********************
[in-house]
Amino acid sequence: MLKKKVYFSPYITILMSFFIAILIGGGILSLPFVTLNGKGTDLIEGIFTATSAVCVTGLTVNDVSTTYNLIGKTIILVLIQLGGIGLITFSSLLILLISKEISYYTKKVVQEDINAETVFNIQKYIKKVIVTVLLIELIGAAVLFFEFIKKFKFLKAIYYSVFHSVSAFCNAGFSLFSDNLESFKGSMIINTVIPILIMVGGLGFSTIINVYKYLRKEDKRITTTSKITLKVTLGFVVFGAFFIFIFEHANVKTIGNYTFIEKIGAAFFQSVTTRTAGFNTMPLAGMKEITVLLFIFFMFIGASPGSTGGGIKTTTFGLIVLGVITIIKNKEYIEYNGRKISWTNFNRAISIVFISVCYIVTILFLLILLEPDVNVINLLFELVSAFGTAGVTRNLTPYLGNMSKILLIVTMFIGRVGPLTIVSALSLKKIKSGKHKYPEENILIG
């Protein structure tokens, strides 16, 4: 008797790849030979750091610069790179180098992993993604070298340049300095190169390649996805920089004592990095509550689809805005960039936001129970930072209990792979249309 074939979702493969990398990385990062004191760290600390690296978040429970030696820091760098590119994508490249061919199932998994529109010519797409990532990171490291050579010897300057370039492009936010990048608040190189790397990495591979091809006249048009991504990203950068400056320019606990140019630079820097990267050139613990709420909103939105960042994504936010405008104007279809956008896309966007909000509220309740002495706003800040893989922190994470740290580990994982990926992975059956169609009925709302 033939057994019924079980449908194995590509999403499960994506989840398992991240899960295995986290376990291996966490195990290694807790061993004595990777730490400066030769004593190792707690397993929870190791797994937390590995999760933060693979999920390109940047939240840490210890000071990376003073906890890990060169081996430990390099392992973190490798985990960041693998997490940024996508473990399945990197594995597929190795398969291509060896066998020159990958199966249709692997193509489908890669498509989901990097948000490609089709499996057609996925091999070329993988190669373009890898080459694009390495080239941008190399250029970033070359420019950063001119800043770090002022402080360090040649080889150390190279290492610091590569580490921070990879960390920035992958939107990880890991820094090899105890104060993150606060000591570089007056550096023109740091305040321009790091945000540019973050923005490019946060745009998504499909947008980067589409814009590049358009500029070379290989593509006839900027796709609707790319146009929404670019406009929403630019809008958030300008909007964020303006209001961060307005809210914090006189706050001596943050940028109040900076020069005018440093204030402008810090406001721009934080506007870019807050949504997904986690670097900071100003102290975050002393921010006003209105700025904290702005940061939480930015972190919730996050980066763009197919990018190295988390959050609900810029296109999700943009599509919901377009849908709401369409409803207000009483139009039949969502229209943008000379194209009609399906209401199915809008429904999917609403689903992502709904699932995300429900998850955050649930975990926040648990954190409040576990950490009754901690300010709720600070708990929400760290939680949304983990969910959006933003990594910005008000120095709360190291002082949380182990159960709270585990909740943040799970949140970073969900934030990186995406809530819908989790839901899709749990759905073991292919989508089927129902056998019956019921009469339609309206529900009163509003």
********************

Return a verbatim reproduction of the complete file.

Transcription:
[in-house]
Amino acid sequence: MLKKKVYFSPYITILMSFFIAILIGGGILSLPFVTLNGKGTDLIEGIFTATSAVCVTGLTVNDVSTTYNLIGKTIILVLIQLGGIGLITFSSLLILLISKEISYYTKKVVQEDINAETVFNIQKYIKKVIVTVLLIELIGAAVLFFEFIKKFKFLKAIYYSVFHSVSAFCNAGFSLFSDNLESFKGSMIINTVIPILIMVGGLGFSTIINVYKYLRKEDKRITTTSKITLKVTLGFVVFGAFFIFIFEHANVKTIGNYTFIEKIGAAFFQSVTTRTAGFNTMPLAGMKEITVLLFIFFMFIGASPGSTGGGIKTTTFGLIVLGVITIIKNKEYIEYNGRKISWTNFNRAISIVFISVCYIVTILFLLILLEPDVNVINLLFELVSAFGTAGVTRNLTPYLGNMSKILLIVTMFIGRVGPLTIVSALSLKKIKSGKHKYPEENILIG
């Protein structure tokens, strides 16, 4: 008797790849030979750091610069790179180098992993993604070298340049300095190169390649996805920089004592990095509550689809805005960039936001129970930072209990792979249309 074939979702493969990398990385990062004191760290600390690296978040429970030696820091760098590119994508490249061919199932998994529109010519797409990532990171490291050579010897300057370039492009936010990048608040190189790397990495591979091809006249048009991504990203950068400056320019606990140019630079820097990267050139613990709420909103939105960042994504936010405008104007279809956008896309966007909000509220309740002495706003800040893989922190994470740290580990994982990926992975059956169609009925709302 033939057994019924079980449908194995590509999403499960994506989840398992991240899960295995986290376990291996966490195990290694807790061993004595990777730490400066030769004593190792707690397993929870190791797994937390590995999760933060693979999920390109940047939240840490210890000071990376003073906890890990060169081996430990390099392992973190490798985990960041693998997490940024996508473990399945990197594995597929190795398969291509060896066998020159990958199966249709692997193509489908890669498509989901990097948000490609089709499996057609996925091999070329993988190669373009890898080459694009390495080239941008190399250029970033070359420019950063001119800043770090002022402080360090040649080889150390190279290492610091590569580490921070990879960390920035992958939107990880890991820094090899105890104060993150606060000591570089007056550096023109740091305040321009790091945000540019973050923005490019946060745009998504499909947008980067589409814009590049358009500029070379290989593509006839900027796709609707790319146009929404670019406009929403630019809008958030300008909007964020303006209001961060307005809210914090006189706050001596943050940028109040900076020069005018440093204030402008810090406001721009934080506007870019807050949504997904986690670097900071100003102290975050002393921010006003209105700025904290702005940061939480930015972190919730996050980066763009197919990018190295988390959050609900810029296109999700943009599509919901377009849908709401369409409803207000009483139009039949969502229209943008000379194209009609399906209401199915809008429904999917609403689903992502709904699932995300429900998850955050649930975990926040648990954190409040576990950490009754901690300010709720600070708990929400760290939680949304983990969910959006933003990594910005008000120095709360190291002082949380182990159960709270585990909740943040799970949140970073969900934030990186995406809530819908989790839901899709749990759905073991292919989508089927129902056998019956019921009469339609309206529900009163509003």